Hello all and welcome to round 5 of my 'Battle of the Remakes' series. Today I am going to be reviewing both the 1980 and 1997 versions of Stephen King's classic story 'The Shining' and seeing which one reigns supreme. For the first four rounds of the series, click the links below:
I am going to split this review into five different sections: Characters, Acting, Special effects/Make up, Book-film similarity and a General Overview. Now of course this review is going to be a little different to the previous installments, as the story is originally from the mind of Stephen King, therefore I will be comparing both films to the 1977 book a fair bit.
So both of the films had identical characters. Wendy, Jack, Danny, the woman in 217 (or 237 for Kubrick), Halloran, the dog, Grady and many more. I would say that both of the movies had some good characters and some bad, with obvious differences from the book in the original.
But who was the better Jack?
Jack Nicholson delivered what has grown to be one of the best performances by an actor to date. He was insane, and he fit the role of an axe wielding psychopath pretty well, if I don't say so myself. Steven Weber however, looked exactly as described in the book and acted just as the fictional character would. He was the perfect fit, and I personally prefer him. I won't discredit Nicholson's performance however, as it was VERY good, but more Kubrick's version of Jack then Kings. For this reason, I'm going to make it a tie.
Rebecca De Mornay. Absolutely no question about it. I'm sorry, but I refuse to even give Shelley Duvall credit for, well, absolutely anything. De Mornay looked the part, she acted the part, and was the brave strong woman that King described her as, who stood up to her husband when he started to go a little batty. No, she did not have black hair, no she did not have an awful high pitched voice, yes she was attractive, and no, she wasn't shaking in her boots when she had to confront Jack. No competition, enough said.
Hmm this is a tough one. I think that Courtland Mead did a pretty respectable job as a child actor, but if I'm honest I would say that Danny Lloyd was the better...Danny. Although I thought the whole Tony thing that Lloyd was doing with his finger was plain stupid, I can't blame him, so I'll just blame Kubrick. Although again, Danny Lloyd was just doing as he was told, and acting nothing like the character described, I find him less....annoying.
Better Dick Halloran?
Now those of you who have read the book will know that Dick Halloran was actually a fairly main character, with a decent part of the story seen from his point of view. The character wasn't really like how I'd imagined in either adaptation, but I guess that doesn't really matter - what matters most is who played the part better. Hmmmmmmm tough decision to make. I personally prefer 'Melvin Peebels' interpretation of the character, but I will admit that Scatman Crothers did pretty well in the short amount of screen time he had, so I'm going to call it a draw.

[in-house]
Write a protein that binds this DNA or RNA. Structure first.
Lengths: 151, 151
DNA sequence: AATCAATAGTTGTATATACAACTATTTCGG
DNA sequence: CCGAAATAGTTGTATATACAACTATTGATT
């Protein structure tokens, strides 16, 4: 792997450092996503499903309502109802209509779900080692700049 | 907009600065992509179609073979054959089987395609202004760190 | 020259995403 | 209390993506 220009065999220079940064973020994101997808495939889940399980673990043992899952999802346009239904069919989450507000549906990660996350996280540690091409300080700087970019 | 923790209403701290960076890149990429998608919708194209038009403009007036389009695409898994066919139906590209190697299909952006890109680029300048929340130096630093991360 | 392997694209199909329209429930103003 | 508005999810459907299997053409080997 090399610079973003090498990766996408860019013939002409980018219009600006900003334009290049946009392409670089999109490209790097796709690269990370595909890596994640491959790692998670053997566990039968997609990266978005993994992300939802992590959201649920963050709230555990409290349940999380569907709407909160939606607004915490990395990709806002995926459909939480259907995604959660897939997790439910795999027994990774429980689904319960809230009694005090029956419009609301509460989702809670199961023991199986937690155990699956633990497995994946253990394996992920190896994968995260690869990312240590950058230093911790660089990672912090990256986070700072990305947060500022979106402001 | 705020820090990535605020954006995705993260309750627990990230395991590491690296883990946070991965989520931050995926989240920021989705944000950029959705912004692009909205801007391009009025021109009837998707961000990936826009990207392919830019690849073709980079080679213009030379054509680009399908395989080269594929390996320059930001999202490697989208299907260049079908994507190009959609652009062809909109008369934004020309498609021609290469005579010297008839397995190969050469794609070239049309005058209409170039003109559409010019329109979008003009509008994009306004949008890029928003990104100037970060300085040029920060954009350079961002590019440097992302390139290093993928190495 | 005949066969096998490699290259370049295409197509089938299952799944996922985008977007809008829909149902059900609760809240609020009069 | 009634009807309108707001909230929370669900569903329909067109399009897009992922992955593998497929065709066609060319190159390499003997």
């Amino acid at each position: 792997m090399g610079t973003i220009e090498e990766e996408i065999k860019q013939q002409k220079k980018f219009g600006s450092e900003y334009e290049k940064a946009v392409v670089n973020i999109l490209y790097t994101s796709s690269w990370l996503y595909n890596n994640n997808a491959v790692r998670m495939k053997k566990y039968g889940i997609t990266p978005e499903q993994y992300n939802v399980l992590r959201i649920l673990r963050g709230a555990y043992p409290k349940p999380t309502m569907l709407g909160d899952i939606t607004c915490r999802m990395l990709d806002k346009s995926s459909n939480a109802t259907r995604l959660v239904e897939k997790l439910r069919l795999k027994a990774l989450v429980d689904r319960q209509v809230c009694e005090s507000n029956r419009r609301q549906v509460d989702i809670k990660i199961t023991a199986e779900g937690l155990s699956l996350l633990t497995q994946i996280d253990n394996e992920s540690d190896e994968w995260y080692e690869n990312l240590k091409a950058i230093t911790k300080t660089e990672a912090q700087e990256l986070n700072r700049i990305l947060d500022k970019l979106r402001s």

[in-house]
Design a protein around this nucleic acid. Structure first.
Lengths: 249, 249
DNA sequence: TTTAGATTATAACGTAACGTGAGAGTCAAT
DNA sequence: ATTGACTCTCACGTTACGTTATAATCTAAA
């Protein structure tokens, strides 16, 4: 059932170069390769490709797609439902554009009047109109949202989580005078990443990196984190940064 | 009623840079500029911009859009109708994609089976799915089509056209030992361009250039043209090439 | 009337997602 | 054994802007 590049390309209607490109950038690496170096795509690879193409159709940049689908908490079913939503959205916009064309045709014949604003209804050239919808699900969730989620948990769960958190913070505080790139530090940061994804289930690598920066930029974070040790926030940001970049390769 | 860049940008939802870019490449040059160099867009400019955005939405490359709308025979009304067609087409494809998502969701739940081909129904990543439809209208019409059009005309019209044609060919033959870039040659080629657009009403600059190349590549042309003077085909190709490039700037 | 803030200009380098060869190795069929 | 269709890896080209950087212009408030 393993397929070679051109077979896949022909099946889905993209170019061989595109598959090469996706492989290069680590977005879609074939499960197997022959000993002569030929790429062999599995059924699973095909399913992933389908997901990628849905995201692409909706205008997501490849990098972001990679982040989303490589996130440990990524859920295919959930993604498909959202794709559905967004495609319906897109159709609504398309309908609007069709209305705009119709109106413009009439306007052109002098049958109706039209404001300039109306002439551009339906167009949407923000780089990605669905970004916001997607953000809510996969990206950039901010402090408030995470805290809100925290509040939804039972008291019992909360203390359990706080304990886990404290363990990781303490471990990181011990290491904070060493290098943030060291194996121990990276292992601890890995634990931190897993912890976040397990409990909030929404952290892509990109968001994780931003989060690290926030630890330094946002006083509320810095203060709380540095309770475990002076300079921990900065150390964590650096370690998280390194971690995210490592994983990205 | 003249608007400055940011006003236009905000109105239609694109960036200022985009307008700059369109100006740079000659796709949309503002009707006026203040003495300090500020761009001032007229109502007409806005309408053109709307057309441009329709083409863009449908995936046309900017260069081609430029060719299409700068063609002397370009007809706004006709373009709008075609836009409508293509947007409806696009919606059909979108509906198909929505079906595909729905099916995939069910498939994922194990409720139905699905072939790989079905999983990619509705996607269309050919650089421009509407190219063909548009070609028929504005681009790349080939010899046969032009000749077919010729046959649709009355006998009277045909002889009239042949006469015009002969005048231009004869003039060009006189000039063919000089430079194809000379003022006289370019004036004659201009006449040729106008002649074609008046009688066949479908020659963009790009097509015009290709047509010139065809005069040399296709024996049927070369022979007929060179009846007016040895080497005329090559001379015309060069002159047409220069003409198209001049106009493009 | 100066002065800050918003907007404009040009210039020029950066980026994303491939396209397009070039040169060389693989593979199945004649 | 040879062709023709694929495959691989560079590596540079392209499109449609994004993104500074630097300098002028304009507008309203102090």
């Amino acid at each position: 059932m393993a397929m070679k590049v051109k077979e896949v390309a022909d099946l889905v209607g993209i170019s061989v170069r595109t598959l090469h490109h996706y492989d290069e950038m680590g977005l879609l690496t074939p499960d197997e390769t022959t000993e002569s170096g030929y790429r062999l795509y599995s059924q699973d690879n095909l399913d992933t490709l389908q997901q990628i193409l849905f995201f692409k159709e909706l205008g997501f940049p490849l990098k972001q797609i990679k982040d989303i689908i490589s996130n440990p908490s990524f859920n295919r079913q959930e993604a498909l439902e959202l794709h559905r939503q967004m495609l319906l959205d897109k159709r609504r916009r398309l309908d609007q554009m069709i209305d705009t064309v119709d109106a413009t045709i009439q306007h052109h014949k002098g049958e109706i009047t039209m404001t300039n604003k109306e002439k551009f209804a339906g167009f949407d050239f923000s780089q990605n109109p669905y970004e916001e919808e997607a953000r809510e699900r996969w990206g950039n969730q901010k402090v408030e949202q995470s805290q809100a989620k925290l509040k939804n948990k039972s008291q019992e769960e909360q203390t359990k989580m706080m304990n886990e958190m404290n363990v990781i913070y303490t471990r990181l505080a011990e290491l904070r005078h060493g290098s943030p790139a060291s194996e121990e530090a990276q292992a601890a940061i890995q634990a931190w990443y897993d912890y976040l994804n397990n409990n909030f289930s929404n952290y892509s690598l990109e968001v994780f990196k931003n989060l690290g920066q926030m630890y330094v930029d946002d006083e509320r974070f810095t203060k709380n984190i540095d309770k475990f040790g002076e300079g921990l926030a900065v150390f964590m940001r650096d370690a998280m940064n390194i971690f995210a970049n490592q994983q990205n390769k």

Other side characters?
So there are a few interesting side characters in this story, including the woman in 217, the dog, Grady, the Grady twins, the hedge animals etc. I would have to say right away that this one would be another tie for characters, because although there were no Grady twins in the book, they certainly made for a creepy couple of scenes in the 1980 film. The hedge animals were done pretty damn badly in the remake (when they were seen moving), due to the low budget, but the lady in the bath made up for that, as she was definitely the better of the two.
So all in all, it's a dead tie for characters.
Original: 1 Remake: 1
Shelley Duvall. Shelley freakin' Duvall. Do I need to say more? If there was a 'worst actress on the face of the planet award', she'd be guaranteed to win it. She completely ruined that movie, and in honesty I have a hard time watching the scenes that she is in. Her high pitched awful voice, and just... UGH. Everything about her annoys me. Anyway, luckily Jack performed well, otherwise OMG. I would say apart from Wendy, and at times Danny, the acting from the rest of the cast was pretty up to scratch.
For the remake, I would say that the acting didn't start off too well, but it honesty got a lot better as the time ticked on (either that, or I just got used to it. Which probably isn't the case, because um, Shelley Duvall). Again, the cast all acted as their characters were described in the book, even if they weren't the best actors around. Saying this, I was pretty damn impressed with Rebecca De Mornay's acting (Wendy), so she can get a gold star for that. Once again, this section is going to be a tie.
Original: 2 Remake: 2
Special Effects / Make Up
Something that I always have to take into account with this section of the battle is the age difference between movies, and the budget of the films. The original Shining is obviously 17 years older, but it also had a huge budget compared to the miniseries.
Cutting straight to the chase, the original without a doubt had the better effects. The blood looks realistic, and the elevator scene and the twins axe scene in the hallway are both very impressive even today. The scene in 217 with the dead woman in the bath tub was definitely done better in the remake though, as she really did look a hell of a lot better. Although technically this isn't much of a fair comparison due to huge budget differences, the fact of the matter is that the original had the better effects, therefore wins this round.